This past weekend, seven friends and I ventured east of the city to the Georgia International Horse Park right outside Conyers for a trail relay race called Ragnar. Some of you reading this may have been hassled in the last few years by yours truly about running the road relay series in Tennessee and/or running the trail relay series we just did last weekend. Sorry I’m not sorry because let me be the first to tell you, if you are not familiar, that Ragnar relays are incredibly fulfilling. Ragnar is more than running miles upon miles.
My team and I arrived in staggering times during the afternoon on Friday with packs, hammocks, coolers, chairs, and tents accompanied by feelings of excitement and nerves. We were also anticipating rain and thunderstorms with a side of group huddling sessions underneath an extremely large tarp that Aaron, one of the man Cheesewagons, so thoughtfully brought. To our luck, it sprinkled maybe a total of 22 rain drops. We even got a beautiful double rainbow pictured below!
The double full rainbow Friday after the 22 baby-size rain drops
Our start time was scheduled for 4pm, the third to last start time for the race, and I was runner numero uno for our team. The weather was beautiful and I was ready to rock and run. My first leg was the 3.8 mile loop, known as the green loop. Runner #2, Mike, ran the yellow loop (4.6 miles), runner #3, Aaron, ran the red loop (7 miles), runner #4, Chip, ran the green loop, and therelay continued in thatorder of loops until all eight of us ran all three loops. (The other four runners were Kathryn, Jane, Katherine, and Josh.)
Before I hit the ground with my first step right at 4pm, I proudly thought that our team had a good chance of placing in our division and I proudly thought I would be one of the faster women runners. I naïvely thought I had a good chance of maintaining my average road race pace. But after finishing that green loop, reality hit me in the face. Hard. I had toadjustmyattitude.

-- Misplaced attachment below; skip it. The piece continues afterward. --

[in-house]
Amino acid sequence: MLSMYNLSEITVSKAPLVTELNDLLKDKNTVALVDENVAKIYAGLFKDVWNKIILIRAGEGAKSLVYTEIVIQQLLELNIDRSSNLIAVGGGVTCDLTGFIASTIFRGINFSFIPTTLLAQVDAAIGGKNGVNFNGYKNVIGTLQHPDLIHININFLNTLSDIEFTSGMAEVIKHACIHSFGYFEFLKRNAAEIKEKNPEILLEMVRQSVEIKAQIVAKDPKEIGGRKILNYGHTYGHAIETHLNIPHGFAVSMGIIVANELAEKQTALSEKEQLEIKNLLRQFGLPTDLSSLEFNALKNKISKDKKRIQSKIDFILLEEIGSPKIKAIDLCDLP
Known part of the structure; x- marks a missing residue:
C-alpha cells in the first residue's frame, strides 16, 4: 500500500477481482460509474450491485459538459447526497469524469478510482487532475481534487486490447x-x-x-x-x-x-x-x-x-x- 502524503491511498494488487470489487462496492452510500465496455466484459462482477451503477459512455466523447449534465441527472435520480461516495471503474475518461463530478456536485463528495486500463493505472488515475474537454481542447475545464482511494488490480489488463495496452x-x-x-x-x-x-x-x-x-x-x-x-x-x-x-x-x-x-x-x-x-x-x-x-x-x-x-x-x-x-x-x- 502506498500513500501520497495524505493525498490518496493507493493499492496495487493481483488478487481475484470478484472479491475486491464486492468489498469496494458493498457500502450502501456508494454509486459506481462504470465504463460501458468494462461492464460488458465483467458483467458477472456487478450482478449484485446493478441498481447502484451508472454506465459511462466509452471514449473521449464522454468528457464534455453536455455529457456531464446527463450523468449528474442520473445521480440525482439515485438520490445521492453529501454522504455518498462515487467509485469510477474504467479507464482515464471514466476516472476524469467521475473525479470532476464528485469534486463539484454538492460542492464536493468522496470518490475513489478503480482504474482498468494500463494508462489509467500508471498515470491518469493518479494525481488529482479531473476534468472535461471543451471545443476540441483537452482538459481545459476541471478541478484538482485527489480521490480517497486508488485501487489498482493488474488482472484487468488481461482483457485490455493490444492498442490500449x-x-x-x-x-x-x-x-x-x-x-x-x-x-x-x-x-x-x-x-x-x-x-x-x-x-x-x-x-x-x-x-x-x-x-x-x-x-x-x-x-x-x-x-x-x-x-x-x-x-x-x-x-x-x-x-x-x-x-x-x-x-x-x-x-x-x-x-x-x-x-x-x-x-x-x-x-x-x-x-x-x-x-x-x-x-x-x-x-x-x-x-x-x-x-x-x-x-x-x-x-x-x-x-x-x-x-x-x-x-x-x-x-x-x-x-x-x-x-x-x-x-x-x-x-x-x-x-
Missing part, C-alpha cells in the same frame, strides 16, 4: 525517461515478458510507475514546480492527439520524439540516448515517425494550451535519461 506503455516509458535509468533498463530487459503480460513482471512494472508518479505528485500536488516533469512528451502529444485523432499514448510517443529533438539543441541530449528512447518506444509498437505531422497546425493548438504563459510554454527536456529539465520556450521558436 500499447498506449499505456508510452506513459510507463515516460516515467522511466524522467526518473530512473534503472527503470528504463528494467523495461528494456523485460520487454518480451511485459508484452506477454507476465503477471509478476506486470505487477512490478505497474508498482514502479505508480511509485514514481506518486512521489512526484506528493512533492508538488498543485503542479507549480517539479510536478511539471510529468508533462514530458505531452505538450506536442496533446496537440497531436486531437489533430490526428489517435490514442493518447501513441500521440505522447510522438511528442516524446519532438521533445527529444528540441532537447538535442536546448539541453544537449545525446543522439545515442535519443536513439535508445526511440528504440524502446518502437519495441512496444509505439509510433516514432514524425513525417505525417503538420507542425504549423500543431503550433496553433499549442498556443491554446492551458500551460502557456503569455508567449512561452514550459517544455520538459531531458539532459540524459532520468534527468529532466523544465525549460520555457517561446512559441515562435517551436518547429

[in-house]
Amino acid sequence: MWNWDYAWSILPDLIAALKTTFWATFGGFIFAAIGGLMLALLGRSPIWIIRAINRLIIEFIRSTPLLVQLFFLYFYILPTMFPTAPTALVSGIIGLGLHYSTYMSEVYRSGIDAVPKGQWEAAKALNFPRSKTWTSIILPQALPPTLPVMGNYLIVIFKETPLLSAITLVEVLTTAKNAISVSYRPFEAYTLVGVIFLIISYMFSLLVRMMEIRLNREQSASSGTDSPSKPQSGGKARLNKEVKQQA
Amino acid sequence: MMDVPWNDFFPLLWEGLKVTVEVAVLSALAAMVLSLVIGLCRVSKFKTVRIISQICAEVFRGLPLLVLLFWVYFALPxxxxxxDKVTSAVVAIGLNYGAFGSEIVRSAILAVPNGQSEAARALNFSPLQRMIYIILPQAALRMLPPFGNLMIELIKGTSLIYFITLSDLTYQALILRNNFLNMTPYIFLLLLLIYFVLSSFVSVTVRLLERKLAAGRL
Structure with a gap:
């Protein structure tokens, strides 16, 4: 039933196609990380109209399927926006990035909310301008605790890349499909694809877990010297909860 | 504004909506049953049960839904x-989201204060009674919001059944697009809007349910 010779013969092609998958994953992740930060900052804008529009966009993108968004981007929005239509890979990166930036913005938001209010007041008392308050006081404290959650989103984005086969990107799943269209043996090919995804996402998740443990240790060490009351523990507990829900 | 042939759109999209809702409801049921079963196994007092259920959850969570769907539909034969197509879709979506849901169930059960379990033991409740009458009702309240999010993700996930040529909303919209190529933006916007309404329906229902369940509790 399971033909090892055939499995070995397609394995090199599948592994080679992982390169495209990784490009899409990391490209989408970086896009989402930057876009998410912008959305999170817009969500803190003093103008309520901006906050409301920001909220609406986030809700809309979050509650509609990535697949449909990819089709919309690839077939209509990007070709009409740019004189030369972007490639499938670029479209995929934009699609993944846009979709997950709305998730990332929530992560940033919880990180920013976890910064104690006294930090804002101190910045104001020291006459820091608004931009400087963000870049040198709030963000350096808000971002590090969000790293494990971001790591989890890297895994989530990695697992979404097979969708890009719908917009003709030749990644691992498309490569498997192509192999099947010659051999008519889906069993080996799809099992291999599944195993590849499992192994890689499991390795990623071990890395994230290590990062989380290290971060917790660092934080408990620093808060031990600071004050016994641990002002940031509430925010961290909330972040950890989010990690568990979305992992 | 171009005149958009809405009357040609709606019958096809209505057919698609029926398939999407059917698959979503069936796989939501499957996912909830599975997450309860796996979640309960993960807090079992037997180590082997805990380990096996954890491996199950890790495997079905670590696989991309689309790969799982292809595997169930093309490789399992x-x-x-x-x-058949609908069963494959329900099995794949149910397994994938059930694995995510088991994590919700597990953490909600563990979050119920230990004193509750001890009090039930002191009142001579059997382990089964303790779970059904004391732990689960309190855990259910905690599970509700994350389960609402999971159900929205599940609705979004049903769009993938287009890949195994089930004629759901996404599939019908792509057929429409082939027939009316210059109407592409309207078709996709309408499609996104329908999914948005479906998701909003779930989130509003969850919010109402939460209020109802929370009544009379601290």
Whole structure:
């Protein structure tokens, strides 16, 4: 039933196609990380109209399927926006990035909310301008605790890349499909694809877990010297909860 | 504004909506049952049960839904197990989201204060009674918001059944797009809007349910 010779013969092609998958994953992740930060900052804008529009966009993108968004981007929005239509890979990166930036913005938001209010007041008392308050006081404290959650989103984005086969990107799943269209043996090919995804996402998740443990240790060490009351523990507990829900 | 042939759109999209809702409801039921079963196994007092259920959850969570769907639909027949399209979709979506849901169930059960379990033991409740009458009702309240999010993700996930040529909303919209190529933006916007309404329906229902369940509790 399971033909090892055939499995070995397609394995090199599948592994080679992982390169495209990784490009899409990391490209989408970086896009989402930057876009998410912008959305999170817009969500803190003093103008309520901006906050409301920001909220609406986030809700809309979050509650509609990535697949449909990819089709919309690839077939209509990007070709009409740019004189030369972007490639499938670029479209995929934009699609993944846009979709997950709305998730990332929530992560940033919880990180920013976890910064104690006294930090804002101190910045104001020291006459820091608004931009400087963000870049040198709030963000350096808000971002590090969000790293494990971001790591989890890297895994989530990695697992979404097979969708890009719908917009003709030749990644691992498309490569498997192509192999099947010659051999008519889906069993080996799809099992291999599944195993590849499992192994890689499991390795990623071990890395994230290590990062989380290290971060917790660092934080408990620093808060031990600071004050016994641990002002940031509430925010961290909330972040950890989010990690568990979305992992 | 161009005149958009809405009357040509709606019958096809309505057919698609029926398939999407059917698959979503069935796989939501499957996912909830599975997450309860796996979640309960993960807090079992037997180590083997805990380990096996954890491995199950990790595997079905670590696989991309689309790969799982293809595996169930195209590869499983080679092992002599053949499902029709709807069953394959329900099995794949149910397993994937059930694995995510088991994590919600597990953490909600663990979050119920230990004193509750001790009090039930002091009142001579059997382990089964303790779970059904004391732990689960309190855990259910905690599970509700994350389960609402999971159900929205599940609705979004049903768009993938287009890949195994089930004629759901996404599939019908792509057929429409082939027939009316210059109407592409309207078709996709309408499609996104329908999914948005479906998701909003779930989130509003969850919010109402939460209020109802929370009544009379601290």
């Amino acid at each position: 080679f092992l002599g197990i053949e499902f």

“It’s not about winning or setting PRs, Maggie. Not this time.”
I won’t lie. I was EXHAUSTED at the end of my first run. I hadn’t trained on trails at all and boy I wish I had. With switchbacks galore and sudden steep inclines with roots and rocks creeping from every which way on mixed terrain, this green loop, this loop marketed as a lovely and enjoyable jog through beautiful landscape, made me question what the heck I was doing over the next 19 hours. I quickly told myself that I was not going to set any PRs. I told myself to just feel good about myself if I could leave this Ragnar thing without a broken ankle. (Lord knows me and my ankles…)
Once I changed my mindset, my entire outlook on the event itself altered. I began to see the amazing way community formed amongst a huge group of crazy strangers. (Honestly, you have to admit that it is a little crazy that people choose to – and pay to – run through the night on the very dark trails the ‘96 Olympics used for the mountain bike competitions. No light pollution here, folks.) I began to see people re-establishing or perhaps discovering for the first time their individual self-worth. I began to see people take delight in what they love.
So, in all? Ragnar was an amazing experience. Sure, I didn’t run as fast as I had hoped and sure I didn’t get as much sleep as I had hoped. But, those petty and unimportant things aside, I left that place full – full of contentment, full of memories, full of joy, and full of a fire within myself to experience again the organic ways community forms, self-worth is seen, and passions are loved.
I encourage you to seek out that thing that might seem a little crazy but something inside of you cannot deny that it will be worth it. Chances are, if that thing can’t escape you or you can’t escape it, it is something worth seeking. You can even probably recall a time when you did just that and it didn’t turn out too shabby, did it? I say, just do the dang thing because itwill bring you joy. And in our joy, our Creator delights.
Go in peace and live with that fire inside!
Magpie and the Cheesewagons after running +120 miles